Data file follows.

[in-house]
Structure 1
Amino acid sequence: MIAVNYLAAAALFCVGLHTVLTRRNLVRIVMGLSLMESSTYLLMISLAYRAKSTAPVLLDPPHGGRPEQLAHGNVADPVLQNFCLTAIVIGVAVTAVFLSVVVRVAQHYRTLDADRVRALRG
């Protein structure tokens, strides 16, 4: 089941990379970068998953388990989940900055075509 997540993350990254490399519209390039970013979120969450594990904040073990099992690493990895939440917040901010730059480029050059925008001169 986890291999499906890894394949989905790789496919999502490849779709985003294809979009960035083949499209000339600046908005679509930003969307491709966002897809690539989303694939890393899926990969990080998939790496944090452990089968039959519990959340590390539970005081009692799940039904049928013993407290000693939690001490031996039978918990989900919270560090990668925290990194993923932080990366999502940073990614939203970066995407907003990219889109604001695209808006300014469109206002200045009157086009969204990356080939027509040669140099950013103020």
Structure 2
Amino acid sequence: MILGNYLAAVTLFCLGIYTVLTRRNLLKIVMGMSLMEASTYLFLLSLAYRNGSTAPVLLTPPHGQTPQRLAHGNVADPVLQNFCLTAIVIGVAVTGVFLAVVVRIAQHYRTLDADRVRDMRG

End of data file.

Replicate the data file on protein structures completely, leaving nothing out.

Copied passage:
[in-house]
Structure 1
Amino acid sequence: MIAVNYLAAAALFCVGLHTVLTRRNLVRIVMGLSLMESSTYLLMISLAYRAKSTAPVLLDPPHGGRPEQLAHGNVADPVLQNFCLTAIVIGVAVTAVFLSVVVRVAQHYRTLDADRVRALRG
């Protein structure tokens, strides 16, 4: 089941990379970068998953388990989940900055075509 997540993350990254490399519209390039970013979120969450594990904040073990099992690493990895939440917040901010730059480029050059925008001169 986890291999499906890894394949989905790789496919999502490849779709985003294809979009960035083949499209000339600046908005679509930003969307491709966002897809690539989303694939890393899926990969990080998939790496944090452990089968039959519990959340590390539970005081009692799940039904049928013993407290000693939690001490031996039978918990989900919270560090990668925290990194993923932080990366999502940073990614939203970066995407907003990219889109604001695209808006300014469109206002200045009157086009969204990356080939027509040669140099950013103020």
Structure 2
Amino acid sequence: MILGNYLAAVTLFCLGIYTVLTRRNLLKIVMGMSLMEASTYLFLLSLAYRNGSTAPVLLTPPHGQTPQRLAHGNVADPVLQNFCLTAIVIGVAVTGVFLAVVVRIAQHYRTLDADRVRDMRG